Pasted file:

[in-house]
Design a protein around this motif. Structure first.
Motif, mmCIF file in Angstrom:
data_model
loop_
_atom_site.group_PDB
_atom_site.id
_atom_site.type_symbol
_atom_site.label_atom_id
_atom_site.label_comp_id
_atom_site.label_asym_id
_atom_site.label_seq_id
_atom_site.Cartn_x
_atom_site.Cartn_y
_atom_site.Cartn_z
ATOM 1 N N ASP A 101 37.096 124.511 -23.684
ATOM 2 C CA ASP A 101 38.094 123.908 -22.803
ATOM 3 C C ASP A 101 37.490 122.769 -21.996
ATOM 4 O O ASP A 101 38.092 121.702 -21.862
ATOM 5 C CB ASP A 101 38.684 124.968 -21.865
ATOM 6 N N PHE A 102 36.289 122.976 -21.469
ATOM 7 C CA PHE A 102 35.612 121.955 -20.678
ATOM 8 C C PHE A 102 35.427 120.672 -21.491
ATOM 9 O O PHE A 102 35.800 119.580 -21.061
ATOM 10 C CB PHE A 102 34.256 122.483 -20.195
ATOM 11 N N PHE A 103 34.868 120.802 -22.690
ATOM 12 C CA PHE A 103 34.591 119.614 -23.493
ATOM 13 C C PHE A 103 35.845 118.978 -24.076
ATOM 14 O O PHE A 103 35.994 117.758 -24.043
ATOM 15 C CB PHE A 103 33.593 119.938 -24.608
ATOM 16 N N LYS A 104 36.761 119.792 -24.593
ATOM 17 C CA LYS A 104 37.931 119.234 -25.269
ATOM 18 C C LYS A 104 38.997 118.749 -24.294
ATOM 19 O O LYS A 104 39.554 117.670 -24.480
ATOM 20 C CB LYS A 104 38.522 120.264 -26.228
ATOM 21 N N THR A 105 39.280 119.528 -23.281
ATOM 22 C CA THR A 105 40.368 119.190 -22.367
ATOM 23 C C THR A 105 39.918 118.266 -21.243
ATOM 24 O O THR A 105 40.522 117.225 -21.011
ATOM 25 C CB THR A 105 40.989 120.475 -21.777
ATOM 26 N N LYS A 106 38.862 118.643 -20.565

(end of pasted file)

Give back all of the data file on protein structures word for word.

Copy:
[in-house]
Design a protein around this motif. Structure first.
Motif, mmCIF file in Angstrom:
data_model
loop_
_atom_site.group_PDB
_atom_site.id
_atom_site.type_symbol
_atom_site.label_atom_id
_atom_site.label_comp_id
_atom_site.label_asym_id
_atom_site.label_seq_id
_atom_site.Cartn_x
_atom_site.Cartn_y
_atom_site.Cartn_z
ATOM 1 N N ASP A 101 37.096 124.511 -23.684
ATOM 2 C CA ASP A 101 38.094 123.908 -22.803
ATOM 3 C C ASP A 101 37.490 122.769 -21.996
ATOM 4 O O ASP A 101 38.092 121.702 -21.862
ATOM 5 C CB ASP A 101 38.684 124.968 -21.865
ATOM 6 N N PHE A 102 36.289 122.976 -21.469
ATOM 7 C CA PHE A 102 35.612 121.955 -20.678
ATOM 8 C C PHE A 102 35.427 120.672 -21.491
ATOM 9 O O PHE A 102 35.800 119.580 -21.061
ATOM 10 C CB PHE A 102 34.256 122.483 -20.195
ATOM 11 N N PHE A 103 34.868 120.802 -22.690
ATOM 12 C CA PHE A 103 34.591 119.614 -23.493
ATOM 13 C C PHE A 103 35.845 118.978 -24.076
ATOM 14 O O PHE A 103 35.994 117.758 -24.043
ATOM 15 C CB PHE A 103 33.593 119.938 -24.608
ATOM 16 N N LYS A 104 36.761 119.792 -24.593
ATOM 17 C CA LYS A 104 37.931 119.234 -25.269
ATOM 18 C C LYS A 104 38.997 118.749 -24.294
ATOM 19 O O LYS A 104 39.554 117.670 -24.480
ATOM 20 C CB LYS A 104 38.522 120.264 -26.228
ATOM 21 N N THR A 105 39.280 119.528 -23.281
ATOM 22 C CA THR A 105 40.368 119.190 -22.367
ATOM 23 C C THR A 105 39.918 118.266 -21.243
ATOM 24 O O THR A 105 40.522 117.225 -21.011
ATOM 25 C CB THR A 105 40.989 120.475 -21.777
ATOM 26 N N LYS A 106 38.862 118.643 -20.565